The U.S. Navy and Boeing have completed a second carrier-based aircraft unmanned refueling mission with the Boeing MQ-25 (T1) test asset, this time refueling a Navy E-2D Hawkeye command and control aircraft.
During a test flight from MidAmerica St. Louis Airport, pilots from the Navy’s Air Test and Evaluation Squadron VX-20 conducted a successful wake survey behind T1 to ensure performance and stability before making contact with T1’s aerial refueling drogue. The E-2D received fuel from T1’s aerial refueling store during the flight.
“Once operational the MQ-25 will refuel every receiver-capable platform, including E-2,” said Capt. Chad Reed, the Navy’s Unmanned Carrier Aviation program manager.
“This flight keeps us on a fast track to getting the MQ-25 Stingray out to the fleet where its refueling capability will greatly increase the range and operational flexibility of the carrier air wing and strike group.”
The MQ-25 Stingray will be assigned to the carrier airborne early warning squadron within the carrier air wing, which currently operates the E-2 C/D aircraft – known as the ‘digital quarterback’ of the fleet for its role in joint battle management and command and control.
“It was another great flight showing that our MQ-25 design is performing to plan,” said Dave Bujold, Boeing’s MQ-25 program director.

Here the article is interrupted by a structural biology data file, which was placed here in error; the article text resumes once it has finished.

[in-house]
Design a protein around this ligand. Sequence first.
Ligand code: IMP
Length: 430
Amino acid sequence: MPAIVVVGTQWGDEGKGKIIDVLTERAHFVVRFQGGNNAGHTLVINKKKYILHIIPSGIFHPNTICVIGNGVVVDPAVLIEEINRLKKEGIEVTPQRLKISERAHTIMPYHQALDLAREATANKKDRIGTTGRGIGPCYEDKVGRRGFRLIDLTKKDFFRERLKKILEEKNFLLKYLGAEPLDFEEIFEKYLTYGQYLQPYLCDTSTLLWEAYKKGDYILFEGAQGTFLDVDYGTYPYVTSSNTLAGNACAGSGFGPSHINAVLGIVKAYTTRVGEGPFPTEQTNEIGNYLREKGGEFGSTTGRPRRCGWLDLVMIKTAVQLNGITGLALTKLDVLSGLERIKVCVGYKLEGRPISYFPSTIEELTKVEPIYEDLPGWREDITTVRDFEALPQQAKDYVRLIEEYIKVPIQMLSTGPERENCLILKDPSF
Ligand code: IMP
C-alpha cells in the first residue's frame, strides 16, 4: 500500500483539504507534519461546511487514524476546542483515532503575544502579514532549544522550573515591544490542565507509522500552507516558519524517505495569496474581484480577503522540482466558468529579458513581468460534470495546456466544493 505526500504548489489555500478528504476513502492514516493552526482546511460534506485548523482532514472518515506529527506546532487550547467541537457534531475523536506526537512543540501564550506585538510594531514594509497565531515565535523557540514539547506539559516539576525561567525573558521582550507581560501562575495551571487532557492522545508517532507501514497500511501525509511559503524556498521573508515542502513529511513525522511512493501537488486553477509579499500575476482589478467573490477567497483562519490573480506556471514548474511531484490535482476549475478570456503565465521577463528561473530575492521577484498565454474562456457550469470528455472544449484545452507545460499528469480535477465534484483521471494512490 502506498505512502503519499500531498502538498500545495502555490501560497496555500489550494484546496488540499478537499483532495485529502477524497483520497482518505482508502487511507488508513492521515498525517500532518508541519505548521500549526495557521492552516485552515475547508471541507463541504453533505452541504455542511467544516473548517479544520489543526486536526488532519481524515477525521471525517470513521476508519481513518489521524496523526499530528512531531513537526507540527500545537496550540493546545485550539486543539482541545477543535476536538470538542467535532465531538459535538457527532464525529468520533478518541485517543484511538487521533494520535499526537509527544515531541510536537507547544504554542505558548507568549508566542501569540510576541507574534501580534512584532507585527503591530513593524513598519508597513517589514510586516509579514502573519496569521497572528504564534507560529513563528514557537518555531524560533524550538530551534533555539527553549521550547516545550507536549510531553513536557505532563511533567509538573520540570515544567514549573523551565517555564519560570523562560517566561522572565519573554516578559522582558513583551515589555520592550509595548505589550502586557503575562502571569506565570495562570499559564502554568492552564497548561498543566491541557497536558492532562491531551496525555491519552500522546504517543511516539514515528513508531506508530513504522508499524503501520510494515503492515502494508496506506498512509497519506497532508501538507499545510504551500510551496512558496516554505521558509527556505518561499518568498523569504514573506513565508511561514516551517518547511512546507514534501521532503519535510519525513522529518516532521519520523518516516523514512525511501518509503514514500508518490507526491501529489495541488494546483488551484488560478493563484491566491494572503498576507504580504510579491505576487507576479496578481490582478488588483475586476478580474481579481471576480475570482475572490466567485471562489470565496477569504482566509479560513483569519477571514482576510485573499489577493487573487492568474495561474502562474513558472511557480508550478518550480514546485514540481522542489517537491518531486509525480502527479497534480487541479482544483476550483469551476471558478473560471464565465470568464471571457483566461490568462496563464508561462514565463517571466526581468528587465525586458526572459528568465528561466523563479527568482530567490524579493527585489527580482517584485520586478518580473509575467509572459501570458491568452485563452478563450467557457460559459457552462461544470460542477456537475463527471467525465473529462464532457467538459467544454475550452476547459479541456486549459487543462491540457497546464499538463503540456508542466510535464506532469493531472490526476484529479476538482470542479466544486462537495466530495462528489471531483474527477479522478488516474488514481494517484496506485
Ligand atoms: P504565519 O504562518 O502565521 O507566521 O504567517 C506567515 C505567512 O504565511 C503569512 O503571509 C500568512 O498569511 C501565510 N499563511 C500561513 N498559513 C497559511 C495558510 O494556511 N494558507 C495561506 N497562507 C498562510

“These historic refueling flights provide an incredible amount of data we feed back into the MQ-25 digital models to ensure the aircraft we’re producing will be the Navy’s game-changer for the carrier air wing.”
Both refueling missions were conducted at operationally relevant speeds and altitudes, with the E-2D and F/A-18 performing maneuvers in close proximity to T1.
Boeing is currently manufacturing the first two of seven MQ-25 test aircraft and two ground test articles currently under contract. The Boeing-owned MQ-25 T1 test asset is a predecessor to these aircraft.
The MQ-25 is leveraging advancements in model-based digital engineering and design, and ongoing flights are intended to test aircraft design and performance much earlier than traditional programs.